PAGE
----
While euthanasia rates for dogs and cats in our nation's animal care and control facilities have been in steady decline for more than three decades, there are still millions of healthy dogs and cats euthanized every year. We as a nation shouldn't stand for that.
We'll continue to try to save animals from needless euthanasia in this country. We'll save the pits, and anything else we can. And we'll try to convince the adopting public to go their local shelters first, if they're in the market to adopt.
Six long weeks ago our dachshund Jack passed away. After the tears and the emotions of loss, I came to my characteristic conclusion that it was time to make lemonade of life's latest crop of low-down lemons.
Each year we kill 3 million healthy and treatable dogs and cats at our shelters. For those who don't believe it is possible to transition from kill to no-kill, lets look at other shelters who've done it.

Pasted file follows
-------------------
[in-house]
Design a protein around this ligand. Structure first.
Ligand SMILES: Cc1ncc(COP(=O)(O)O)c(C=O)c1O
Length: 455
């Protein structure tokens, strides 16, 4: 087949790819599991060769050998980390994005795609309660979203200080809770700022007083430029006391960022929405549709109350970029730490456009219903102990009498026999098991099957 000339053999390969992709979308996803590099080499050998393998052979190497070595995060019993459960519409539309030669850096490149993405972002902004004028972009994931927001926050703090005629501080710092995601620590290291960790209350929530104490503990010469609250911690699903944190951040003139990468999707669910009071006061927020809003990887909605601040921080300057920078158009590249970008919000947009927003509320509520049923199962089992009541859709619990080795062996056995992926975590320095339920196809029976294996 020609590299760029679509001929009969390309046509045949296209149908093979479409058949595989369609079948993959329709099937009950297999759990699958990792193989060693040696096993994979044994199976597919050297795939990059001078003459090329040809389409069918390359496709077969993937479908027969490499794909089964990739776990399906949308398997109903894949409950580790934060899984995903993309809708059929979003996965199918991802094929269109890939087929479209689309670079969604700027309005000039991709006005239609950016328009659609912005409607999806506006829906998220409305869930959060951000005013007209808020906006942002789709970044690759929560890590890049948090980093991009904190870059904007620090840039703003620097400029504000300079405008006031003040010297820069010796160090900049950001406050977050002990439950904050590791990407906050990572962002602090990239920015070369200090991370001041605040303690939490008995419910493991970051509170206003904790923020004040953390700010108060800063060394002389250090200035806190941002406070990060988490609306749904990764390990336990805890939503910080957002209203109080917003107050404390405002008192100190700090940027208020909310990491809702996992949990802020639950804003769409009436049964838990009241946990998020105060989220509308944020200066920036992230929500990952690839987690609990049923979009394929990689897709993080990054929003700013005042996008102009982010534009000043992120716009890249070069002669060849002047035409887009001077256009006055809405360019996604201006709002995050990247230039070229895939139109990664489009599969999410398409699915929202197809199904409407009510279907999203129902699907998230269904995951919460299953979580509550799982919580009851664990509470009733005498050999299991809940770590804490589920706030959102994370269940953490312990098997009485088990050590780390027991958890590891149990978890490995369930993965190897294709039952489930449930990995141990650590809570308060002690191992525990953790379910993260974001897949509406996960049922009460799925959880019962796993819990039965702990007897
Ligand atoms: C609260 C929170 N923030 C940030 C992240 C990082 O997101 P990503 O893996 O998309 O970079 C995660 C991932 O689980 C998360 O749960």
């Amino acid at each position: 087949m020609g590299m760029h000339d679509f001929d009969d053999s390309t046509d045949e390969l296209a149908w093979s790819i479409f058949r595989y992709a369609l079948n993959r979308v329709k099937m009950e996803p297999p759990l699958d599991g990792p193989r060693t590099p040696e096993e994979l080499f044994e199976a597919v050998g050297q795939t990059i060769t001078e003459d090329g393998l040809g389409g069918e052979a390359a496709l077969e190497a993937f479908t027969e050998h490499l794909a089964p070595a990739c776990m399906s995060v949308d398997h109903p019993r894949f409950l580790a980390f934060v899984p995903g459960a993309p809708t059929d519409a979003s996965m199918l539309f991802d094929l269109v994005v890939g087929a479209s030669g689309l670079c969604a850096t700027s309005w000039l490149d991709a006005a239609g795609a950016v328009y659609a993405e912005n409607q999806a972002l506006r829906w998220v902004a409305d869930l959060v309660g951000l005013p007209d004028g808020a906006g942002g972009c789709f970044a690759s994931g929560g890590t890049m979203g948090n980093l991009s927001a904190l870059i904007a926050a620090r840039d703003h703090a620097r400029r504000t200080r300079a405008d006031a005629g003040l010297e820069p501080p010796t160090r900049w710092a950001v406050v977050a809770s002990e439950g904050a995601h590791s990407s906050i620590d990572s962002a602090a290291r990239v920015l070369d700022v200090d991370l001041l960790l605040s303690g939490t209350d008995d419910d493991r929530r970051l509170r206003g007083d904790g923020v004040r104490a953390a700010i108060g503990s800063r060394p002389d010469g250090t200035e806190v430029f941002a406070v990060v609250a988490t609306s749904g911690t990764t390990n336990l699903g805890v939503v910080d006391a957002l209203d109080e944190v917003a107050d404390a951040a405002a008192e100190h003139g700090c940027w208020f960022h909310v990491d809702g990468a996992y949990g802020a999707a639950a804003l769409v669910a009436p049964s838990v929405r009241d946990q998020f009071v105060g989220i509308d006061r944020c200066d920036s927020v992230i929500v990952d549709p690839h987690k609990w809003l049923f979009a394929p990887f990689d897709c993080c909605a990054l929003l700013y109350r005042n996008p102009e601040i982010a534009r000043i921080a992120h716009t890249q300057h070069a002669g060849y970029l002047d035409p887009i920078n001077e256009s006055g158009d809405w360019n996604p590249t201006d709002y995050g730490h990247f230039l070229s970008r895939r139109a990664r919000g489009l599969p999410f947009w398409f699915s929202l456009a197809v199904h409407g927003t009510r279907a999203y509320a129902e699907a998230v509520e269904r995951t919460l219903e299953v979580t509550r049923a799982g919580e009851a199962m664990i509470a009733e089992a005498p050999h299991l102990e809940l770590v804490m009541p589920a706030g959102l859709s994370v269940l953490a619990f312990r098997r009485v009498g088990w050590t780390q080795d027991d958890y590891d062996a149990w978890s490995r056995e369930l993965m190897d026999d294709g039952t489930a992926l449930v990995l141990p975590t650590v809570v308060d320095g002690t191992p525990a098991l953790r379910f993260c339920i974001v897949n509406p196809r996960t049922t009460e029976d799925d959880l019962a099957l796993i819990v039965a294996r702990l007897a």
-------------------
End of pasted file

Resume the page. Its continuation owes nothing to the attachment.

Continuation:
Target, the hero dog who saved American soldiers from a suicide bomber attack, was euthanized this week because of mistaken dog identity. This dog survives a suicide bomber and then is put to death by our barbaric animal "shelter" system.
Last month I featured a guest blog from Amanda Arrington, The Humane Society of the United States' manager of spay/neuter initiatives, spotlighting one of the pet health clinics that are part of our larger Gulf Coast initiative.
Pet hoarders now threaten to turn back the clock on hard-won animal shelter reforms in many municipalities by bullying authorities into adopting magical sounding "no kill" policies that do animals no favors.